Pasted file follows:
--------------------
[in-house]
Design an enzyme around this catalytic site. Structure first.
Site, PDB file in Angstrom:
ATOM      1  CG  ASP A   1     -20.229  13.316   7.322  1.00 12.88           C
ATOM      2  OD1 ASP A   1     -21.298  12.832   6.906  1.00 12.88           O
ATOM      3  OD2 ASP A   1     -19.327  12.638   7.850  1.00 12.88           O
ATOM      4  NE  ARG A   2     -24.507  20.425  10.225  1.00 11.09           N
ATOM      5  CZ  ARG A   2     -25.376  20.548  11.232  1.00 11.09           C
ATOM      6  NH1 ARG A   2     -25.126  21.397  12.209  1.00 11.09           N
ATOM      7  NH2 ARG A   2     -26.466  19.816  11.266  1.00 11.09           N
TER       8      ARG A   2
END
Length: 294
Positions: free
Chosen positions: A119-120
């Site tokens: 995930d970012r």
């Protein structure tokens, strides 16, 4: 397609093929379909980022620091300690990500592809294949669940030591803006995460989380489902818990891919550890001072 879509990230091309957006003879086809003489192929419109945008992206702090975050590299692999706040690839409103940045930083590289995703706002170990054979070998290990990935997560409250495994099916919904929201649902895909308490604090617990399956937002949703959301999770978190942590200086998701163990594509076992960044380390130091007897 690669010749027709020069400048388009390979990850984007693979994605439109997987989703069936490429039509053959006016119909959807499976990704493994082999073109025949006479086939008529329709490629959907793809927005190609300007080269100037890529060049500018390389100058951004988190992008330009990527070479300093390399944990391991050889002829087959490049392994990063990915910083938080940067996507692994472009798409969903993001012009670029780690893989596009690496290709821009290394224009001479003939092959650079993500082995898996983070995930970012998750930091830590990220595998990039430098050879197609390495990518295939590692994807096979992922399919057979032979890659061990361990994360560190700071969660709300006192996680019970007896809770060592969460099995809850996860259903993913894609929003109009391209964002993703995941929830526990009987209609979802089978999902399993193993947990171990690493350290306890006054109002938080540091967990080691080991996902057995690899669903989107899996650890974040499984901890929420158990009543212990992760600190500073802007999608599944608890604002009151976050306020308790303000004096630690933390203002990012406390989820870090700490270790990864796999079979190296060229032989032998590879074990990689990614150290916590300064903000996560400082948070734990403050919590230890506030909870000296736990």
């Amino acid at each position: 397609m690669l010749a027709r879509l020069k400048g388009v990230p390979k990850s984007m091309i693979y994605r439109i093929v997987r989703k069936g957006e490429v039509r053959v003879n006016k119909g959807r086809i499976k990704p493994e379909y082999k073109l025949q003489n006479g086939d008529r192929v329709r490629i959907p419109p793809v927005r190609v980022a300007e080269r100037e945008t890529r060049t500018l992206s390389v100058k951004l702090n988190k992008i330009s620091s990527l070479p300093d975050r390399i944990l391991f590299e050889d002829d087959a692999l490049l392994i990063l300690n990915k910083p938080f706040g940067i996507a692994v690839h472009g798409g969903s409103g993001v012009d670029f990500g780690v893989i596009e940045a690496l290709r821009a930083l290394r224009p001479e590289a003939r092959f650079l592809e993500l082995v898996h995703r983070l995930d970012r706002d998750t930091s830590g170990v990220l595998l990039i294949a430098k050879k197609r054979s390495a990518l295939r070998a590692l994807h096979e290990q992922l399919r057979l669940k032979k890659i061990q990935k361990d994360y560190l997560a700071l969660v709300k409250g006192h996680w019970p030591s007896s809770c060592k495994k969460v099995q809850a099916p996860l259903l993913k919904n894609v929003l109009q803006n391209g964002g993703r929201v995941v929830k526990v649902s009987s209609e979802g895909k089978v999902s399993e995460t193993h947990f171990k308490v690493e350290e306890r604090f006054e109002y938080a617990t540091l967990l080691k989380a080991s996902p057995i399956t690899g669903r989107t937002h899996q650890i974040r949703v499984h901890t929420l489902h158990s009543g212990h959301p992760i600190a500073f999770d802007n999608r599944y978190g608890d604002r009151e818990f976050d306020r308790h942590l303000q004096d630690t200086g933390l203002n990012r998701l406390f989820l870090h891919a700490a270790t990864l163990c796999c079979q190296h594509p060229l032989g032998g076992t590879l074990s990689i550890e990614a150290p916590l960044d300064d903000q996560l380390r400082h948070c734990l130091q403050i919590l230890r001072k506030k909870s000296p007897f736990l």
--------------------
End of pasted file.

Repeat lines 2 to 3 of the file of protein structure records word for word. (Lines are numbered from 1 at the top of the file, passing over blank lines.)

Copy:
Design an enzyme around this catalytic site. Structure first.
Site, PDB file in Angstrom: